The Ninth Book of Plato's The Republic.

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BOOK IX.

Last of all comes the tyrannical man; about whom we have once more to ask, how is he formed out of the democratical? and how does he live, in happiness or in misery?

Yes, he said, he is the only one remaining.

There is, however, I said, a previous question which remains unanswered.

What question?

I do not think that we have adequately determined the nature and number of the appetites, and until this is accomplished the enquiry will always be confused.

Well, he said, it is not too late to supply the omission.

Very true, I said; and observe the point which I want to understand: Certain of the unnecessary pleasures and appetites I conceive to be unlawful; every one appears to have them, but in some persons they are controlled by the laws and by reason, and the better desires prevail over them--either they are wholly banished or they become few and weak; while in the case of others they are stronger, and there are more of them.

Which appetites do you mean?

I mean those which are awake when the reasoning and human and ruling power is asleep; then the wild beast within us, gorged with meat or drink, starts up and having shaken off sleep, goes forth to satisfy his desires; and there is no conceivable folly or crime--not excepting incest or any other unnatural union, or parricide, or the eating of forbidden food--which at such a time, when he has parted company with all shame and sense, a man may not be ready to commit.

Most true, he said.

But when a man's pulse is healthy and temperate, and when before going to sleep he has awakened his rational powers, and fed them on noble thoughts and enquiries, collecting himself in meditation; after having first indulged his appetites neither too much nor too little, but just enough to lay them to sleep, and prevent them and their enjoyments and pains from interfering with the higher principle--which he leaves in the solitude of pure abstraction, free to contemplate and aspire to the knowledge of the unknown, whether in past, present, or future: when again he has allayed the passionate element, if he has a quarrel against any one--I say, when, after pacifying the two irrational principles, he rouses up the third, which is reason, before he takes his rest, then, as you know, he attains truth most nearly, and is least likely to be the sport of fantastic and lawless visions.

I quite agree.

In saying this I have been running into a digression; but the point which I desire to note is that in all of us, even in good men, there is a lawless wild-beast nature, which peers out in sleep. Pray, consider whether I am right, and you agree with me.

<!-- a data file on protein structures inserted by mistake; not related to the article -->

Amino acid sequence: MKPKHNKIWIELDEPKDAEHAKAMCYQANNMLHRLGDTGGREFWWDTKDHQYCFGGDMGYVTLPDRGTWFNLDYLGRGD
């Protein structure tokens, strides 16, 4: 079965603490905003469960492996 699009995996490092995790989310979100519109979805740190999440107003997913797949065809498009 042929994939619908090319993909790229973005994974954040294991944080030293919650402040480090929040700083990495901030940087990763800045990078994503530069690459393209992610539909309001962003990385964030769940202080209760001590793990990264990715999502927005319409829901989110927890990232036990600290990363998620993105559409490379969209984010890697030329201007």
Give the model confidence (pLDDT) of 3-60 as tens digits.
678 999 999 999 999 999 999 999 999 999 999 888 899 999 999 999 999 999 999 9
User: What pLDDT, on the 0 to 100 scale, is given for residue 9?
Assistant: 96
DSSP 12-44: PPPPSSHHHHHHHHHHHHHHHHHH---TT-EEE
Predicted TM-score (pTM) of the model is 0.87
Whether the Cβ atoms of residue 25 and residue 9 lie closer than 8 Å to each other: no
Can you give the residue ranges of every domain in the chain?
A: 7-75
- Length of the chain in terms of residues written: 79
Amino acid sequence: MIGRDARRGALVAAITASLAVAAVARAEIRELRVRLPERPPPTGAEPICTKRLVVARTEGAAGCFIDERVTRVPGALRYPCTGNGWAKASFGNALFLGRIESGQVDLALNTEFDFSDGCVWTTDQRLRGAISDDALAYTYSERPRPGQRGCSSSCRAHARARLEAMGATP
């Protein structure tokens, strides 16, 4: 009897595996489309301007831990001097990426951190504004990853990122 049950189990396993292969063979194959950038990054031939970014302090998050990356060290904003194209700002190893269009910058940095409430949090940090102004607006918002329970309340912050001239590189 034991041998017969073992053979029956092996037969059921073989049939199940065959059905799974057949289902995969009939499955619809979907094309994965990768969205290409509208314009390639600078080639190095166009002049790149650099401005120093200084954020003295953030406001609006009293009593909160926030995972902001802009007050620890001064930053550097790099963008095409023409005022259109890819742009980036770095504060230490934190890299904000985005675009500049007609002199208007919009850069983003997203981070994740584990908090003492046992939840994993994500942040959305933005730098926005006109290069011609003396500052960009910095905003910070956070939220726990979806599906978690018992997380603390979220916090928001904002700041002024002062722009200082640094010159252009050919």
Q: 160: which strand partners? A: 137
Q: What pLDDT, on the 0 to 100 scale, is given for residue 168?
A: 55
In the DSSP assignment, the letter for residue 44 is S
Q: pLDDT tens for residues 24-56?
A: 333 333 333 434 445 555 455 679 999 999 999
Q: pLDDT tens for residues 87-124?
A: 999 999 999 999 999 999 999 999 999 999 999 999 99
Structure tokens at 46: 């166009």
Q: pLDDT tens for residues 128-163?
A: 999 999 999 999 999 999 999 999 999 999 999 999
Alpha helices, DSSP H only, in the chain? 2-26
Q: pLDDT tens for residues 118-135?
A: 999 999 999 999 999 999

Yes, I agree.

And now remember the character which we attributed to the democratic man. He was supposed from his youth upwards to have been trained under a miserly parent, who encouraged the saving appetites in him, but discountenanced the unnecessary, which aim only at amusement and ornament?

True.

And then he got into the company of a more refined, licentious sort of people, and taking to all their wanton ways rushed into the opposite extreme from an abhorrence of his father's meanness. At last, being a better man than his corruptors, he was drawn in both directions until he halted midway and led a life, not of vulgar and slavish passion, but of what he deemed moderate indulgence in various pleasures. After this manner the democrat was generated out of the oligarch?

Yes, he said; that was our view of him, and is so still.

And now, I said, years will have passed away, and you must conceive this man, such as he is, to have a son, who is brought up in his father's principles.

I can imagine him.

Then you must further imagine the same thing to happen to the son which has already happened to the father:--he is drawn into a perfectly lawless life, which by his seducers is termed perfect liberty; and his father and friends take part with his moderate desires, and the opposite party assist the opposite ones. As soon as these dire magicians and tyrant-makers find that they are losing their hold on him, they contrive to implant in him a master passion, to be lord over his idle and spendthrift lusts--a sort of monstrous winged drone--that is the only image which will adequately describe him.

Yes, he said, that is the only adequate image of him.

And when his other lusts, amid clouds of incense and perfumes and garlands and wines, and all the pleasures of a dissolute life, now let loose, come buzzing around him, nourishing to the utmost the sting of desire which they implant in his drone-like nature, then at last this lord of the soul, having Madness for the captain of his guard, breaks out into a frenzy: and if he finds in himself any good opinions or appetites in process of formation, and there is in him any sense of shame remaining, to these better principles he puts an end, and casts them forth until he has purged away temperance and brought in madness to the full.